Getting off the subway this morning, I made a point to track how many apps I opened on my iPhone during my commute.
Listening to Noah Gunderson’s new album on Spotify was keeping me entertained at the beginning of my MBTA journey, until a loud mobile ad started playing. Do they really think I want a new BMW? I quickly switched to Instagram to see what all of my favorite (and not-so-favorite) people were up to this morning, which was interrupted by a notification that my best friend had just played a 55-point letter in our “Words With Friends” game, so I opened it to investigate.
Spiraling into a frenzied analysis of how she could have possibly known that “Qi” was a word, I started searching for its definition on my Google app and discovered a really cool New York Times Magazine article on the Buddhist origin of “Chi” and its mystical healing powers. Which reminded me, I should probably check my Google Calendar app to make sure I have time to make it to yoga after my meeting tonight. And, man, I could really use a new pair of those yoga pants I saw Gisele Bundchen wearing on Instagram five minutes ago. I wonder if I can just find them on Pinterest.
Nine. I had nine windows open.
It’s official: I’m a direct byproduct of the digital revolution. And, according to my birth certificate, a millennial. We’re frequently described as scatter-brained, overly image-conscious, selfish and indecisive. These descriptors often are used to inform marketing and branding decisions when trying to reach out to “millennial” audiences. Might I add that they are a little harsh?
From the perspective of someone who is both a millennial and a marketing professional, I’d like to share some insight for brands that are looking to truly win over my generation:
- We identify in social groups, not age groups. While our parents followed a much more linear life path, we tend not to associate with traditional life stages and age groups. According to Pew Research, only 26% of us are married by the time we’re 32, and some of us are finding it harder and harder to even move from our parents’ homes. So, marketing initiatives that attempt to connect with us through where we are in our lives is typically ineffective. Because, let’s face it, we never know. Attempts at tapping into how we identify socially are the true way in. Often, how we want to be perceived in a certain social group hugely defines what we want to buy. Our regular sharing habits on Facebook, Snapchat and Instagram, and the opinions we offer on Yelp and TripAdvisor reflect our eagerness for connection, and they’re our vehicles for feeling accepted. This creates an interesting opportunity for marketers. Brands like GoPro, Converse and Ford have done this really well by giving the consumer in the right social demographic unique ways to share their own experiences and look special in front of their peers.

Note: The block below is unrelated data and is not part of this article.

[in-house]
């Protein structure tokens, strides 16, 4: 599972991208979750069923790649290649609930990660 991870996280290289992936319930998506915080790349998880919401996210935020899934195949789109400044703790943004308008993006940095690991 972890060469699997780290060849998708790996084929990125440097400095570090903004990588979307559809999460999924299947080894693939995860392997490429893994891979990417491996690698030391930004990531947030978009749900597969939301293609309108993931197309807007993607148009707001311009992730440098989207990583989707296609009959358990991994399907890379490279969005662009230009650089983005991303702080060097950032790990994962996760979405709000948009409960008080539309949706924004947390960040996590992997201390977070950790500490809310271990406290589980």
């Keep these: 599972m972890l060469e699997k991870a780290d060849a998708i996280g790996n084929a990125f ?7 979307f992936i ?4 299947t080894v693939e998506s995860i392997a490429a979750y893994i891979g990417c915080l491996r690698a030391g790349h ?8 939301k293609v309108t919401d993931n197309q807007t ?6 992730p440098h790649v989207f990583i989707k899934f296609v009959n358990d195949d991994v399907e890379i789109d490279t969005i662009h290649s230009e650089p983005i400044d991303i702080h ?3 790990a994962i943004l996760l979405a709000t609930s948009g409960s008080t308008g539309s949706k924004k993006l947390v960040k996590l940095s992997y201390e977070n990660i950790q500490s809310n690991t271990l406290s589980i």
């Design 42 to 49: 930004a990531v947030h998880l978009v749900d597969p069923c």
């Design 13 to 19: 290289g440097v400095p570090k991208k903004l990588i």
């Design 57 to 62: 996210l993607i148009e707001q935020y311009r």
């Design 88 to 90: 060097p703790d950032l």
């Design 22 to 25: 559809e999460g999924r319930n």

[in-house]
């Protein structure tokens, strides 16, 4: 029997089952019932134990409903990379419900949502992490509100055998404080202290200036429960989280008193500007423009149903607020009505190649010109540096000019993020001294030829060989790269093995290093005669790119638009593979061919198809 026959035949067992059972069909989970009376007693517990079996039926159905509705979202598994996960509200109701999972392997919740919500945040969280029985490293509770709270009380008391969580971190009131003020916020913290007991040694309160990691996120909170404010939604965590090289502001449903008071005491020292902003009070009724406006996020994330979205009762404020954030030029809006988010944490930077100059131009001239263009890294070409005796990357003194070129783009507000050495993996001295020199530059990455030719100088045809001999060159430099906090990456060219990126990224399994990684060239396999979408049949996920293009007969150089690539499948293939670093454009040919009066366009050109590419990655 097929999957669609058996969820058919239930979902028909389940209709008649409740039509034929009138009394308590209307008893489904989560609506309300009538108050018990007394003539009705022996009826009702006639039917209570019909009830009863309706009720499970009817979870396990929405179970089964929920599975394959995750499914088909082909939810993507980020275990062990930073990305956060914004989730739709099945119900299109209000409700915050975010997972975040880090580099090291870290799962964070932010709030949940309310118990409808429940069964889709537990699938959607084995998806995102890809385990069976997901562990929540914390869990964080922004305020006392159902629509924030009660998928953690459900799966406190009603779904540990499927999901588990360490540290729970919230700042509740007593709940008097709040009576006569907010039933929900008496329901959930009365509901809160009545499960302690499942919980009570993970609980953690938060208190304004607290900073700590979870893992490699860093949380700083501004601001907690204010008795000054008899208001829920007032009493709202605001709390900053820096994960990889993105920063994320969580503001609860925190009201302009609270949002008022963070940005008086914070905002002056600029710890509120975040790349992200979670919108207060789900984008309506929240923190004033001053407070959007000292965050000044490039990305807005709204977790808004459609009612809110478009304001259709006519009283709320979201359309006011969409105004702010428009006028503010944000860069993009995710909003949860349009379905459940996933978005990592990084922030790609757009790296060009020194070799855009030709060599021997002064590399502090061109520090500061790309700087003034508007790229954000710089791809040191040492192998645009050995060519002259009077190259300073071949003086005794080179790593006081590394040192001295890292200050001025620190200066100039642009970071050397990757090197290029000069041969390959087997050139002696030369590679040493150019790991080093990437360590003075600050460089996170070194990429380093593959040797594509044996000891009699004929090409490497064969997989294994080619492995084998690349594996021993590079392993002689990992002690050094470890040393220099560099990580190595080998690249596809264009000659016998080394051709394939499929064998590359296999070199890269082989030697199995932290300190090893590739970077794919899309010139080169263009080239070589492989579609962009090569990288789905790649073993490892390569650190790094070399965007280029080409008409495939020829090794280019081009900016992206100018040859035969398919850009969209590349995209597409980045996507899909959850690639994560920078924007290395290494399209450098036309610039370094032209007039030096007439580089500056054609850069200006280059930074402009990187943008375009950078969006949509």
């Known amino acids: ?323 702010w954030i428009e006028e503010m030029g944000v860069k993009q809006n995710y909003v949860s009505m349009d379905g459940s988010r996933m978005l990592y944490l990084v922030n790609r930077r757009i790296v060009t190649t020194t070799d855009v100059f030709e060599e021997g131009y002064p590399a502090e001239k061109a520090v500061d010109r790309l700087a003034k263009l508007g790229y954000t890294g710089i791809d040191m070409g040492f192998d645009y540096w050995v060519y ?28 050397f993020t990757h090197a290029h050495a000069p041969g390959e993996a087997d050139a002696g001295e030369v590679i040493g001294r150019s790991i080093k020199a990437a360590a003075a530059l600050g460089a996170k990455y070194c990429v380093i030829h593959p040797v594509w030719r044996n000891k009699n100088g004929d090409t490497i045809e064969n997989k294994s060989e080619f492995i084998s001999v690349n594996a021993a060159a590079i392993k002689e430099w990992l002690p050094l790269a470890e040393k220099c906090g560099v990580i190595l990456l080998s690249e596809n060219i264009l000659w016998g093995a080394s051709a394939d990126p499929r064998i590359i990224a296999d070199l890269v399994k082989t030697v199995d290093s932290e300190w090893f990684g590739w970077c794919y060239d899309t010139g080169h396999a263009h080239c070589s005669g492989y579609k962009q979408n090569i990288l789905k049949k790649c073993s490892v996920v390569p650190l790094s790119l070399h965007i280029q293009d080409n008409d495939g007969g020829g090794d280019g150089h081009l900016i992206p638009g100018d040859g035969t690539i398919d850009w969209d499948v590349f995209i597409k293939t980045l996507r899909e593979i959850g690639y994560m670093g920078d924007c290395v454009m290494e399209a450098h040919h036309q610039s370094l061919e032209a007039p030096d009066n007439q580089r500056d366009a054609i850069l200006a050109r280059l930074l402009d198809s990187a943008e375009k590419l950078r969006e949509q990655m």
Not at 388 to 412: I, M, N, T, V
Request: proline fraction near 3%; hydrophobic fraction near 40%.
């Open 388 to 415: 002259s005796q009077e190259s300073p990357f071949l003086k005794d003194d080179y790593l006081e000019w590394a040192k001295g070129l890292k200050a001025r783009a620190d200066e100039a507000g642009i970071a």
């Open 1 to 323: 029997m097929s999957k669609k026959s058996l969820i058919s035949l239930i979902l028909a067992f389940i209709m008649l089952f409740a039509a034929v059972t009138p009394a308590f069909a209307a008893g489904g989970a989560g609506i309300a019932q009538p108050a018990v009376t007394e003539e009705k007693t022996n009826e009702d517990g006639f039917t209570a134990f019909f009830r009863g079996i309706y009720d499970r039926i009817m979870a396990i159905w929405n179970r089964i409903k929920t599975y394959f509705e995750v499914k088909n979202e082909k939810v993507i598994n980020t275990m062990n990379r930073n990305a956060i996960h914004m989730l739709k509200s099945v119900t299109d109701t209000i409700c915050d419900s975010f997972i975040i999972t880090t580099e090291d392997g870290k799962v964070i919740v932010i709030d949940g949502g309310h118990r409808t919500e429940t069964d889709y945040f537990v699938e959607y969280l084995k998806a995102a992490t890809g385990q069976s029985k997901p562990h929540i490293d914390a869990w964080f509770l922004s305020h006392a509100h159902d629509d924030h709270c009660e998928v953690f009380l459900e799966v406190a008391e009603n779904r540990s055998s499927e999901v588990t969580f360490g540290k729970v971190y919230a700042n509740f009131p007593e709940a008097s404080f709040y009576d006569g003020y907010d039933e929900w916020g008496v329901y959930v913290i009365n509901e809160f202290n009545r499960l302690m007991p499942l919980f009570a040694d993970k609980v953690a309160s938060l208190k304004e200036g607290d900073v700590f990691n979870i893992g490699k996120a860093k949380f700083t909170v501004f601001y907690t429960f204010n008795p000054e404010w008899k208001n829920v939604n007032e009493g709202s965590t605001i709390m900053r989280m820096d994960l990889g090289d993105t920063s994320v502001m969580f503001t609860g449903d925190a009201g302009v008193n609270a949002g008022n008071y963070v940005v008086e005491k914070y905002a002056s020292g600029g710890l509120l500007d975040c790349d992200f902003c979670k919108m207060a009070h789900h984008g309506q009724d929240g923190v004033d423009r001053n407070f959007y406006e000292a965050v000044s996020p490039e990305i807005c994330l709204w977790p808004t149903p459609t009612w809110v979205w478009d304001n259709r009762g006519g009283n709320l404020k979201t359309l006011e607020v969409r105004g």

- We may appear to be flaky, but we really want to care. With a steady stream of new platforms and fresh content at our fingertips, our attention span is very short. A study conducted by our client Innerscope Research found that we switch media devices 27 times an hour. Just look at how fast I abandoned certain entertainment options this morning, and how quickly I avoided a mobile ad that I assumed would not resonate with me. We do this not just because we can but because we are searching for content with which we can truly connect. We have hit a stride of feeling more comfortable connecting with digital devices than with each other and, as a result, we have high standards for what content is truly worth our time. Brands need to make a targeted, powerful impact fast if they want to win over millennials with their marketing. We need to feel emotionally connected to it on a deep level, because the alternative options are endless.
- Understand that we’re unpredictable. Remember, we aren’t static. Not coincidentally, resembling the digital revolution, we’re always on the move and changing our favorite platforms, content and trends. Just when marketers think they understand us, we completely revamp ourselves to adjust with the latest trend.
Brands and marketers that take the time to understand us every day, not just once a month or once a year, will make lasting in-roads with this powerful generation. Because if you keep up with us, we’ll keep up with you.
This blog also appeared in Bulldog Reporter on September 8.